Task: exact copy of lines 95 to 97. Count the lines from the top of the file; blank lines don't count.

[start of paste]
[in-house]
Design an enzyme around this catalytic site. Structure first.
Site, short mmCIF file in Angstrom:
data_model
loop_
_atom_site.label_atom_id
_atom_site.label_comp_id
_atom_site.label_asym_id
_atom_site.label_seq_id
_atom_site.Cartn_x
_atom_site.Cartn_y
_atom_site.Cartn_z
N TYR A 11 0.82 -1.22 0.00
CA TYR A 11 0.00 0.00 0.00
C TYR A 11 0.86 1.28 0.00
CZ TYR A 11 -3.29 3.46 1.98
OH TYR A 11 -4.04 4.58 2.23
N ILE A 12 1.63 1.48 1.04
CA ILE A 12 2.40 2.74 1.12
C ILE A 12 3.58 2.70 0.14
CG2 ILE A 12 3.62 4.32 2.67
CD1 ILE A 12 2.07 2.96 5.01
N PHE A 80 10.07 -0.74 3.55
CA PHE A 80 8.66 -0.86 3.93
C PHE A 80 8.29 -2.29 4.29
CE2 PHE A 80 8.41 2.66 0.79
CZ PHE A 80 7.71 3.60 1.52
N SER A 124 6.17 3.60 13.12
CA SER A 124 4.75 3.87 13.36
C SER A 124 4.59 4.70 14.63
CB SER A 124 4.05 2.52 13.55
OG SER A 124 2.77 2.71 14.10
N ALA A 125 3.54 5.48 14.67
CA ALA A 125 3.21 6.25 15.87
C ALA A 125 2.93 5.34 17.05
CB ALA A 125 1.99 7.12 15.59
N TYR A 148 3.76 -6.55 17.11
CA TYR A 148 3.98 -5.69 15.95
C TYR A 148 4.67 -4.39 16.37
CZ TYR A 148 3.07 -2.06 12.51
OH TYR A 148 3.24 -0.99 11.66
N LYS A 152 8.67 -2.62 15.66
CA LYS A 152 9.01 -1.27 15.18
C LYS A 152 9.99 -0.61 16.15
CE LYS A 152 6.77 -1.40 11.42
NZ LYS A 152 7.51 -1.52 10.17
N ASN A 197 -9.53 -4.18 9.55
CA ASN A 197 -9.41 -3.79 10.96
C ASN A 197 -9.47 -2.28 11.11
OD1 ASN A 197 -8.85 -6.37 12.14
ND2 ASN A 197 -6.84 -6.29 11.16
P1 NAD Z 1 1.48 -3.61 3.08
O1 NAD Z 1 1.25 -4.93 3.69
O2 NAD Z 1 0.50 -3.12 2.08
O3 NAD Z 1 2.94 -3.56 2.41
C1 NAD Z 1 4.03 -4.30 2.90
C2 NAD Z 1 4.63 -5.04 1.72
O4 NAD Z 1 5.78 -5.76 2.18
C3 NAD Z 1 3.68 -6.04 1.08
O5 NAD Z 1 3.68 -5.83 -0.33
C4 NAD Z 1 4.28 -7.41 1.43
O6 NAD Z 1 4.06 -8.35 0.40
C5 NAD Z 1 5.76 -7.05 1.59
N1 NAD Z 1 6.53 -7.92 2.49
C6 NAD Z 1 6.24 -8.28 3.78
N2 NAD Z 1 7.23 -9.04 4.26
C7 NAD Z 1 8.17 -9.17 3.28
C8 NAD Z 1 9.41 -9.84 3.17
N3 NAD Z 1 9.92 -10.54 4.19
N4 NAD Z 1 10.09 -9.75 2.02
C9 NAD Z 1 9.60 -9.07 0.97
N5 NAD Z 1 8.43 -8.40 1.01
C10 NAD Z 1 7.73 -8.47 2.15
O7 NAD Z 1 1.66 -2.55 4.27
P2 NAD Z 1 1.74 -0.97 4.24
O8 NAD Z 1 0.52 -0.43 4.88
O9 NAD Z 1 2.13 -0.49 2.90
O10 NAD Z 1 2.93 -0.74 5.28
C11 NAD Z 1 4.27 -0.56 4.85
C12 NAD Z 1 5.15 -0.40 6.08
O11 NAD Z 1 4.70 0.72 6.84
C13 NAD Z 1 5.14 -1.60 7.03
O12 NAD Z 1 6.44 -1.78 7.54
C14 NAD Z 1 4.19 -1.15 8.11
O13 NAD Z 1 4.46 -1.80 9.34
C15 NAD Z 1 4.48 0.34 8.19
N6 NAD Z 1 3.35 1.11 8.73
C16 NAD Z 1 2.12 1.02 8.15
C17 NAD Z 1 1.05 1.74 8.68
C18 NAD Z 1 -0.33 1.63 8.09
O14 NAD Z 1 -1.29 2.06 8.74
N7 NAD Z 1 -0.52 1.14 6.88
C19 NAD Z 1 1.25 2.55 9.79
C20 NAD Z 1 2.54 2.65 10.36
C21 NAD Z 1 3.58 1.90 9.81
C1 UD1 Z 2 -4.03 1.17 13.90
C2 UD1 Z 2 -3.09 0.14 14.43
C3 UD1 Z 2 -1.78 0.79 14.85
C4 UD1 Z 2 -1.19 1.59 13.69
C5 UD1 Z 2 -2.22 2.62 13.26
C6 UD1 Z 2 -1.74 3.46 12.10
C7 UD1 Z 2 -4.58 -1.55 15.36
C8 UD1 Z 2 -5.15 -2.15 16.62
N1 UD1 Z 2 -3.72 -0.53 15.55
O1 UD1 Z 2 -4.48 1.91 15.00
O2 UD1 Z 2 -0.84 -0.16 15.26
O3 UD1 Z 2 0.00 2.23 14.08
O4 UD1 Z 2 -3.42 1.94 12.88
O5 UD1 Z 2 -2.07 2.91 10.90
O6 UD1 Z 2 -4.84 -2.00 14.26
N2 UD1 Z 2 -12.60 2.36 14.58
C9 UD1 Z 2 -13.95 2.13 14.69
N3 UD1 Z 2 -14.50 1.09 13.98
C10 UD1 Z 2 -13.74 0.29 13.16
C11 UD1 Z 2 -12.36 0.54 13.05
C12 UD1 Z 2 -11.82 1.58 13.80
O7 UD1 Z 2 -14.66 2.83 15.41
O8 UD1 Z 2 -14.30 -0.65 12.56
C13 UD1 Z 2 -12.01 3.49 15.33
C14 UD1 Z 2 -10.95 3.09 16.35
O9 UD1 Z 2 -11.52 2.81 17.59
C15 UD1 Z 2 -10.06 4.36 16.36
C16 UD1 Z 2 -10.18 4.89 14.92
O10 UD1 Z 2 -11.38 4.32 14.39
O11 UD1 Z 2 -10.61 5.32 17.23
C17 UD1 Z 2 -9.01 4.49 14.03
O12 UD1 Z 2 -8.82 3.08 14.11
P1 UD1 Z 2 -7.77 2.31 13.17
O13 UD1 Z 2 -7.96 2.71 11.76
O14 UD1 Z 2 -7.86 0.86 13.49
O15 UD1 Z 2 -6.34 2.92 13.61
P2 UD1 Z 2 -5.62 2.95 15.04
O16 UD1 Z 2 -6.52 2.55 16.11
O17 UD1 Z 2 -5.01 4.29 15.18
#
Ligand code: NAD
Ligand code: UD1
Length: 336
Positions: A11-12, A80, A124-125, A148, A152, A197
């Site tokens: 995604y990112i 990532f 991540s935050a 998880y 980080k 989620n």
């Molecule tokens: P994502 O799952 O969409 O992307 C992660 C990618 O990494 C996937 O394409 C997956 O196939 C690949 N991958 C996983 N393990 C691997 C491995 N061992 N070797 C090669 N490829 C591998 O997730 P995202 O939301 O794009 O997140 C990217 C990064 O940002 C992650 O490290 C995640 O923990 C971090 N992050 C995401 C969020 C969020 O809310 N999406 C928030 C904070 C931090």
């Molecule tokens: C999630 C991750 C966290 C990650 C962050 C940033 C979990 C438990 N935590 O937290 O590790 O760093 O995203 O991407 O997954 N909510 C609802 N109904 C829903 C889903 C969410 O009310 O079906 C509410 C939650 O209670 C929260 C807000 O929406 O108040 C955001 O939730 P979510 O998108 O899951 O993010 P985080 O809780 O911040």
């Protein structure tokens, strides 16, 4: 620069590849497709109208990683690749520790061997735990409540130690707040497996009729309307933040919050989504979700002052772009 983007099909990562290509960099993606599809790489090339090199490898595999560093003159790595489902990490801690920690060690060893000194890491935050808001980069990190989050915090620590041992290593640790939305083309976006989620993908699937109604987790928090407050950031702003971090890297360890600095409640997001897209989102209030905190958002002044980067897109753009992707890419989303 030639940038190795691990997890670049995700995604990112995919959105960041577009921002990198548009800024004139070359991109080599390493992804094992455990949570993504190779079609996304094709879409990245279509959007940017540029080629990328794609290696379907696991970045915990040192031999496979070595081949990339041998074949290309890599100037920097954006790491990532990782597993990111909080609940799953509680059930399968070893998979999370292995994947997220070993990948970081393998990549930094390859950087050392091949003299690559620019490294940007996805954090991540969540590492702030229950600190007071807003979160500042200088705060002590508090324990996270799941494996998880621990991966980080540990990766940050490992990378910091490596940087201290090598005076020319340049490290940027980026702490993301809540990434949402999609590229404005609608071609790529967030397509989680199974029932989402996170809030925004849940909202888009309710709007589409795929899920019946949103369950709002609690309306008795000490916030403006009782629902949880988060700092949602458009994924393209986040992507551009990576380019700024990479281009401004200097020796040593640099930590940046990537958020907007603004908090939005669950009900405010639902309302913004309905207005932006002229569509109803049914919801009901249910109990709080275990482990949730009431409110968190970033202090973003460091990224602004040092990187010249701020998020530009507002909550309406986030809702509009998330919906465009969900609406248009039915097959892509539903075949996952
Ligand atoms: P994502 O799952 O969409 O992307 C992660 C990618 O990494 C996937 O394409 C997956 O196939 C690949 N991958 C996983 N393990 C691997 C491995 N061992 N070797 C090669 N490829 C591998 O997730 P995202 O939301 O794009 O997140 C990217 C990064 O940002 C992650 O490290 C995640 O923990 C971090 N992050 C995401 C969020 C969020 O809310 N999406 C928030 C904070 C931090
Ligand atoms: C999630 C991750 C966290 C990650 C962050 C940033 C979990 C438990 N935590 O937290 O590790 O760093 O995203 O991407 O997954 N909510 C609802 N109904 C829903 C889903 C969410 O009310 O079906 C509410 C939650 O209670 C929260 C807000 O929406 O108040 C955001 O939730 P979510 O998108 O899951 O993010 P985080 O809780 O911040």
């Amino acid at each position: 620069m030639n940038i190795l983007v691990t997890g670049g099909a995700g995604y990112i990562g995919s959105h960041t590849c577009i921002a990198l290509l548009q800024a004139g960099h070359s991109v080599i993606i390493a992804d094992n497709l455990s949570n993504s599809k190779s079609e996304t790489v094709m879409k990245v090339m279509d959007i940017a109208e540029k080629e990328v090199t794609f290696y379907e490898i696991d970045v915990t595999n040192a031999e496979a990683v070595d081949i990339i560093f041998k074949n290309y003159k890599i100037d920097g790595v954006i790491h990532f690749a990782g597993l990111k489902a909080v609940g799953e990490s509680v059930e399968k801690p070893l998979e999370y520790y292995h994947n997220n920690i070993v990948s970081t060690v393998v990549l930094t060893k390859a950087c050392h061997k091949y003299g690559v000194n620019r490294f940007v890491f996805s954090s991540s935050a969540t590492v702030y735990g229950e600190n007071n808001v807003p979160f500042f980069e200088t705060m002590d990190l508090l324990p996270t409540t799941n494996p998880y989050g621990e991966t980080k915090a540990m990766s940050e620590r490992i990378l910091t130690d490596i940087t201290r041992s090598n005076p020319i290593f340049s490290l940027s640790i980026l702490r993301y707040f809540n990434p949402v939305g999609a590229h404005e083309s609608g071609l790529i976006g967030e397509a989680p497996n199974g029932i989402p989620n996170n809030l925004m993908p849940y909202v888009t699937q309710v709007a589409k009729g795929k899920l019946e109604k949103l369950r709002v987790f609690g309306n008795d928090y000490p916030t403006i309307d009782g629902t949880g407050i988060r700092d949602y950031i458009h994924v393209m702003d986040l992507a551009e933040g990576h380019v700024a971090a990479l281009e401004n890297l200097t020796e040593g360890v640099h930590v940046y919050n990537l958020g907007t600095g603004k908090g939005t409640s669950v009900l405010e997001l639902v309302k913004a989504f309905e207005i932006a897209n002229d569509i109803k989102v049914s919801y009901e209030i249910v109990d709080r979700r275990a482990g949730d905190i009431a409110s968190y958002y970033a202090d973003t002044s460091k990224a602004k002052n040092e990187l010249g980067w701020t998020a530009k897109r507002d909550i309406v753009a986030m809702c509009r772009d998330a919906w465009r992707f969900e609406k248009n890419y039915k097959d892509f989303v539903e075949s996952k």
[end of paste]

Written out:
C21 NAD Z 1 3.58 1.90 9.81
C1 UD1 Z 2 -4.03 1.17 13.90
C2 UD1 Z 2 -3.09 0.14 14.43